This volume is inspired by developments in two strands of economic theorising. Firstly, research on structural economic dynamics based on three sources: Hicks' work on traverse analysis, Pasinetti on disproportional growth and Goodwin on dynamic decomposition and economic fluctuations. The second strand goes back to Georgescu-Roegen's interest in an organisational theory of production based upon the interrelationship between tasks, fund factors and material transformations. The approach taken involves a comprehensive view of sub-units of the whole economic system (such as processes, industries, vertically integrated sectors, eigensectors) representing dynamics of structural adaptation and compositional change. Furthermore, a detailed representation of micro-organisational features leads to the analysis of networks and networking processes within and amongst such sub-units.
• Bridges economic theory and analysis of historical processes of structural evolution • Interaction between micro-organizational and macroeconomic features of economic dynamics are explicitly examined • Pays particular attention to relationship between technological and institutional dynamics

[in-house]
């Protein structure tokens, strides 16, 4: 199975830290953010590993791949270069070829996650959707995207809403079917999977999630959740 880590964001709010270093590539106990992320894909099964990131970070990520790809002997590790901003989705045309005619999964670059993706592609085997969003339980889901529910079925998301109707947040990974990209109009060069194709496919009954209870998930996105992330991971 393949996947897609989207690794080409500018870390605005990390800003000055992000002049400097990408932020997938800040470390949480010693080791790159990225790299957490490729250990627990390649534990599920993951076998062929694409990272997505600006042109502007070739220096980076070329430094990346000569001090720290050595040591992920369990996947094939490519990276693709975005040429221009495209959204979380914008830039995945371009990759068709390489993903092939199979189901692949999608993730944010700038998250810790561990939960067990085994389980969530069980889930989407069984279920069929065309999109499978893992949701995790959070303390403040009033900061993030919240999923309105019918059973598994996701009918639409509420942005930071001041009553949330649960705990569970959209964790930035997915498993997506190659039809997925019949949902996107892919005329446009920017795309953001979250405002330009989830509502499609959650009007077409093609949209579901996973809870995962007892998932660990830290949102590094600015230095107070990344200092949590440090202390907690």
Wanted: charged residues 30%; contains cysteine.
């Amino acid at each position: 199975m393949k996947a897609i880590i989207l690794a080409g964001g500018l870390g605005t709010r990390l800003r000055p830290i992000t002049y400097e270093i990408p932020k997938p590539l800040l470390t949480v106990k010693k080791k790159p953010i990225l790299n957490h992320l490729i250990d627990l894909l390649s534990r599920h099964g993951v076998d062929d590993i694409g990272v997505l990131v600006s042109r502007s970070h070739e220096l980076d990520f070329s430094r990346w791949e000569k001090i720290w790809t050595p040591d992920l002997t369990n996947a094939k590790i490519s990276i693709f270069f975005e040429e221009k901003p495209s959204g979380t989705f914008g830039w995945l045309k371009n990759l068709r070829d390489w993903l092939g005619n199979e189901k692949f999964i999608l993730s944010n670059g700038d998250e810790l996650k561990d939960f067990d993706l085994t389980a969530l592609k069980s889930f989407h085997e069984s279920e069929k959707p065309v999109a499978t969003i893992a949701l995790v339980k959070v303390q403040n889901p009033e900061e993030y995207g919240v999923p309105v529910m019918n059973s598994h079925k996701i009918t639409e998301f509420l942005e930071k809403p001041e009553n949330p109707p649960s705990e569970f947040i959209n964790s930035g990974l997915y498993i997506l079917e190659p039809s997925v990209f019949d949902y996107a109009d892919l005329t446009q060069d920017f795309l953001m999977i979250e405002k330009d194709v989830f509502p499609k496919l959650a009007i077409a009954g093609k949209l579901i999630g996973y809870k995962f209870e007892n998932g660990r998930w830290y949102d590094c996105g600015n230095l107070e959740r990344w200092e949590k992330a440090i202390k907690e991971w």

Introduction: production and economic dynamics; Part I. Decomposition of Economies and Structural Dynamics: 1. Traverse analysis in a neo-Austrian framework; 2. Vertical integration, the temporal structure of production processes, and transition between techniques; 3. Production and efficiency with global technologies; 4. Efficient traverses and bottlenecks: a structural approach; 5. Structural change and macroeconomic stability in disaggregated models; Part II. Production Organisation and Economic Dynamics: 6. The production process: description and analysis; 7. Agricultural forms of production organisation; 8. Forms of production organisation: the case of manufacturing processes; 9. Coordination of production processes, subsystem dynamics and structural change.
'This book is an interesting review and, at the same time, an attempt to give order to the subject of structural economic dynamics, a field of economic theory that is investigated in many different ways with a variety of alternative aims … the book shows that the work required to construct a unified model of structural change is still in progress, but of course the editors should not be blamed for this. On the contrary they are to be praised for having reduced the distances between important lines of research that at first sight may appear remote.' The Economic Journal